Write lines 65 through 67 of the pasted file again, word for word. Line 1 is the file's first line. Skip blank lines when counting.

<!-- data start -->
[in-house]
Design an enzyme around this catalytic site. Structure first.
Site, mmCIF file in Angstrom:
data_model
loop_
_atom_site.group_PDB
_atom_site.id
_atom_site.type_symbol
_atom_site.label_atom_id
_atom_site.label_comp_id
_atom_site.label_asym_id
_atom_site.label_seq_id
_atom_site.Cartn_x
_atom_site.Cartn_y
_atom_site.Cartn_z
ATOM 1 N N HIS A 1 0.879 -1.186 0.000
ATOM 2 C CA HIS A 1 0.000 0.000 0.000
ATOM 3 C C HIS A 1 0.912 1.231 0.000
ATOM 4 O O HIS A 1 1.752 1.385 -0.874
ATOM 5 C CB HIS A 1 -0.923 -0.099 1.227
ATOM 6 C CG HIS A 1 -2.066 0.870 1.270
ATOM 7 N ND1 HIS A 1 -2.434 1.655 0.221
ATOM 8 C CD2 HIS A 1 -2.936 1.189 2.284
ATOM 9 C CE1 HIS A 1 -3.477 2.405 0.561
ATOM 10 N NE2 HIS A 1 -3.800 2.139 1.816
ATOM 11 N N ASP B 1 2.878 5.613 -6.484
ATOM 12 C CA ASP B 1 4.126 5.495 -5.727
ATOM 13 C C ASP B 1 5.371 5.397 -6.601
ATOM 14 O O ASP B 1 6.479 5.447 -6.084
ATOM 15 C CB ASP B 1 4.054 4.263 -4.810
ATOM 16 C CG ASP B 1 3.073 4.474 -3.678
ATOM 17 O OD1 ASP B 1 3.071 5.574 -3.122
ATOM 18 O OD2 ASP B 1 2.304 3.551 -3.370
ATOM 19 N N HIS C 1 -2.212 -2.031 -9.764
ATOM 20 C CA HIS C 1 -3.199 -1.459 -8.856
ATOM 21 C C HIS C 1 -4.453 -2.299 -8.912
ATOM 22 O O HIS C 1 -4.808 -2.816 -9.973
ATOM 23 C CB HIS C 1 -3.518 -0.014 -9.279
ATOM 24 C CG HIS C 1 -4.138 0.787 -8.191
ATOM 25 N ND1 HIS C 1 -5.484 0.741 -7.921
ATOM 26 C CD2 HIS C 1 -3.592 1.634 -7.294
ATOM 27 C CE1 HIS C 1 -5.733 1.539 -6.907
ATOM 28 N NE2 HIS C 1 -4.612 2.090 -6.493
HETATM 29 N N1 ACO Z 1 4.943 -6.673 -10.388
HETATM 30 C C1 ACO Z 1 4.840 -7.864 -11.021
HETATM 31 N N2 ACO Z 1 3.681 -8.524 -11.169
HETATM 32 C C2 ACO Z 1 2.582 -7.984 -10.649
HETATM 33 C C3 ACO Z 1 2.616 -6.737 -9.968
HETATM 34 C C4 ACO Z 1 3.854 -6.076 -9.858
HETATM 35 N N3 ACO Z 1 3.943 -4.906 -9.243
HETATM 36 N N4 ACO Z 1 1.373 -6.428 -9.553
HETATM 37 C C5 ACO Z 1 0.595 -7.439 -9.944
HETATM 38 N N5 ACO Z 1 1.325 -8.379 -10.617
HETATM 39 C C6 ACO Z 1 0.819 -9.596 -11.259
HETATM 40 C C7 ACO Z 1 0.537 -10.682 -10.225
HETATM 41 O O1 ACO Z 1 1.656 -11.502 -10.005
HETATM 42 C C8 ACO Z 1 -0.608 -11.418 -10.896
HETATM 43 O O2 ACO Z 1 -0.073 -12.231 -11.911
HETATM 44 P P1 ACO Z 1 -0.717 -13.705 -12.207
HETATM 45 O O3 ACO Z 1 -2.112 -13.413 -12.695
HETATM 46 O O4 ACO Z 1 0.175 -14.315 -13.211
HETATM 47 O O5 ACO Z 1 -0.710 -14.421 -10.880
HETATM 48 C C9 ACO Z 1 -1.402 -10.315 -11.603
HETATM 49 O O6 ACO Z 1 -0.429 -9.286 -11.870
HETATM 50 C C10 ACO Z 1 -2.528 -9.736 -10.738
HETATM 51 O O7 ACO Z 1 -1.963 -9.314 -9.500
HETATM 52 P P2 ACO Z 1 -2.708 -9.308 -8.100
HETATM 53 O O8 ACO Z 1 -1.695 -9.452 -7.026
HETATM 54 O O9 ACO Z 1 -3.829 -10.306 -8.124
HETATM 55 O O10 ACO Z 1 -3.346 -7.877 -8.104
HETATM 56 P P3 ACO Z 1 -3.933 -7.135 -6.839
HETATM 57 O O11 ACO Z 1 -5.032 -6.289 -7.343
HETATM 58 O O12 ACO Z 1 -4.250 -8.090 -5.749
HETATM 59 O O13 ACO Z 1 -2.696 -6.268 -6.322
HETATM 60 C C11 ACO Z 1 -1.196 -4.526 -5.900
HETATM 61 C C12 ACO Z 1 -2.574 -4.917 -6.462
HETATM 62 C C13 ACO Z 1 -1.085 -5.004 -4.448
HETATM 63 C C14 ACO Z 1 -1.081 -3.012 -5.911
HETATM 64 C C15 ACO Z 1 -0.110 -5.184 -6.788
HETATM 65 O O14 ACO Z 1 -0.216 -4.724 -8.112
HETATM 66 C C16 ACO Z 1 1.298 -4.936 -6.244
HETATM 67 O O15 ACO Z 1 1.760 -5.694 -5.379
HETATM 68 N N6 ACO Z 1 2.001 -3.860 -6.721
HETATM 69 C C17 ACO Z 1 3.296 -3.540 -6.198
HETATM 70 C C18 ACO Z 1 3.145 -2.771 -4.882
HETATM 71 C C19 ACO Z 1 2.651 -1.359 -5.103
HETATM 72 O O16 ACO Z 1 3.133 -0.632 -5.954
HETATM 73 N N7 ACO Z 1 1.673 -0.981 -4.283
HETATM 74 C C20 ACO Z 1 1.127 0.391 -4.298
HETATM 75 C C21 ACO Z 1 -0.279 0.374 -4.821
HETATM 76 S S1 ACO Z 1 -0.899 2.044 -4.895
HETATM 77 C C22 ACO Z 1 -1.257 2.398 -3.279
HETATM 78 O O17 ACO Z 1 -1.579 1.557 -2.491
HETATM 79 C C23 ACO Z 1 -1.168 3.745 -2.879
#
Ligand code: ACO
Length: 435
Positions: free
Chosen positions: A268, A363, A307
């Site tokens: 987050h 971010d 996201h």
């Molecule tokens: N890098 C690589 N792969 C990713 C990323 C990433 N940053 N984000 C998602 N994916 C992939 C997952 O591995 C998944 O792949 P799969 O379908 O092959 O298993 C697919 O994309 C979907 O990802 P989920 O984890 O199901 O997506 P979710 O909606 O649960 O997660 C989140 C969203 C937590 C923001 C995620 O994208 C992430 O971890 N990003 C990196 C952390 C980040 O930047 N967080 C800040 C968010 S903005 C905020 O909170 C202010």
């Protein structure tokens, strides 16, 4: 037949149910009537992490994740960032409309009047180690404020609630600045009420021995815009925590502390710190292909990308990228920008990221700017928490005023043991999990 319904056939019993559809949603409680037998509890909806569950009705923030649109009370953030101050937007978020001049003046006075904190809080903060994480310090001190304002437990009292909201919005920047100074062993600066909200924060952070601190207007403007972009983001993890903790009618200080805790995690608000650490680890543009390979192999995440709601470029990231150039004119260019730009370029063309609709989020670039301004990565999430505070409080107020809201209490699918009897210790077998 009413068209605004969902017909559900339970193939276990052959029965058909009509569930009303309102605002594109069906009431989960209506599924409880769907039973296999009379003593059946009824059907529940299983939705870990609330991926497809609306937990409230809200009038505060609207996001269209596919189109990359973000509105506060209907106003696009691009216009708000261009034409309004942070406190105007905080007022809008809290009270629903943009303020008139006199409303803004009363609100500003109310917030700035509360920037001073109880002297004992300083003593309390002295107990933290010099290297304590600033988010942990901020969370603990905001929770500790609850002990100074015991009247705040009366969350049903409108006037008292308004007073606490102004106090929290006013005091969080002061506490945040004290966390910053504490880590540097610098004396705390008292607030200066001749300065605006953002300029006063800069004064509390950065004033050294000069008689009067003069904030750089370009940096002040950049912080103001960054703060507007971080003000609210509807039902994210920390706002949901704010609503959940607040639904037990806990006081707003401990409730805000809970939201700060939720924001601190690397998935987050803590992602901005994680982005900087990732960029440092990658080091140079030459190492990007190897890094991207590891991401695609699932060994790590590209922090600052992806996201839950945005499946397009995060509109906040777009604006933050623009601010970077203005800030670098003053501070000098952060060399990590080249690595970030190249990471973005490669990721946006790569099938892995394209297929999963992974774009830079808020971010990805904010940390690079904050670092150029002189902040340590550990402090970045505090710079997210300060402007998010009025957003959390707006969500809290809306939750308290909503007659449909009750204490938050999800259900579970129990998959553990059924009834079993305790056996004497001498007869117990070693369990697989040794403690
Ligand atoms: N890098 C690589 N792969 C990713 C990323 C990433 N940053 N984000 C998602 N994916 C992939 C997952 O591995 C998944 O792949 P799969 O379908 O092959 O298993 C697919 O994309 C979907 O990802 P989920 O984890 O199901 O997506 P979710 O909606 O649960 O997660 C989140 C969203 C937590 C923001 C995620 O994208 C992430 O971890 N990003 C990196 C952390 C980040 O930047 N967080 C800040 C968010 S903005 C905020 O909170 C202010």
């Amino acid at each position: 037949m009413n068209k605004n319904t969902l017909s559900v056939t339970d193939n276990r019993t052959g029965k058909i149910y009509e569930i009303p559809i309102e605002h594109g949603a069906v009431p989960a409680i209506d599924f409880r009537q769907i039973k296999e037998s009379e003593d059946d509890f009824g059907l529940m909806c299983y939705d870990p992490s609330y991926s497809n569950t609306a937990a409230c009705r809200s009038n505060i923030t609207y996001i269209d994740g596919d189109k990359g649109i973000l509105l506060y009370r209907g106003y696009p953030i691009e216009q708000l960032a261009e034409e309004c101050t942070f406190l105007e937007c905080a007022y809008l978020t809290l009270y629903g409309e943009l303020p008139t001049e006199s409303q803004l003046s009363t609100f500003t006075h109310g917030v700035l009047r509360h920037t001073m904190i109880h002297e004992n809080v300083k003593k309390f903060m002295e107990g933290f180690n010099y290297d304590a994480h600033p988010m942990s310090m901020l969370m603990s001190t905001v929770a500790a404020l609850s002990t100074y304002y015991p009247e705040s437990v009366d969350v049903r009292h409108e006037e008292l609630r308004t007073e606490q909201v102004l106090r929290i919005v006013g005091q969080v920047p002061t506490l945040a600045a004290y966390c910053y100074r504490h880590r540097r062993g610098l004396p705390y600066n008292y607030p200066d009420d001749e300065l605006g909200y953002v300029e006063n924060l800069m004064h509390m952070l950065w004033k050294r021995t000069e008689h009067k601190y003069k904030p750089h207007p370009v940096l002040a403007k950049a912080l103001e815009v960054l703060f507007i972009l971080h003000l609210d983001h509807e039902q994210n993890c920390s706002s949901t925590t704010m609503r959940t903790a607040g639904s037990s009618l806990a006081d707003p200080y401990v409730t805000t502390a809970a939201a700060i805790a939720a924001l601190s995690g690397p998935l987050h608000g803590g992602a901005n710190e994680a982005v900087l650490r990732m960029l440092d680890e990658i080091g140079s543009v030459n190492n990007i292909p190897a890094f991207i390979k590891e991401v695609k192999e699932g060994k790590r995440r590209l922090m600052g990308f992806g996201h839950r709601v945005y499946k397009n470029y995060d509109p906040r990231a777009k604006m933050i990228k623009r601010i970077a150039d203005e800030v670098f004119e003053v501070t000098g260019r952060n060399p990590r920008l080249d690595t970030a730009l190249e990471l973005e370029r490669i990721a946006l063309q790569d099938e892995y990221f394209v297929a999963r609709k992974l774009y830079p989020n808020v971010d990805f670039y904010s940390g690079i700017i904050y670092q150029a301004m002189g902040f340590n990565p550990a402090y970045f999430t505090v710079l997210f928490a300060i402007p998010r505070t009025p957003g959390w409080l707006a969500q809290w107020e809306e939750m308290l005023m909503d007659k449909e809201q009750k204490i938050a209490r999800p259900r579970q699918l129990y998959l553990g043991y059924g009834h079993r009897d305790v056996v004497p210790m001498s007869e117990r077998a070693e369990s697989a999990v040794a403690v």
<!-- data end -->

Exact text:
HETATM 50 C C10 ACO Z 1 -2.528 -9.736 -10.738
HETATM 51 O O7 ACO Z 1 -1.963 -9.314 -9.500
HETATM 52 P P2 ACO Z 1 -2.708 -9.308 -8.100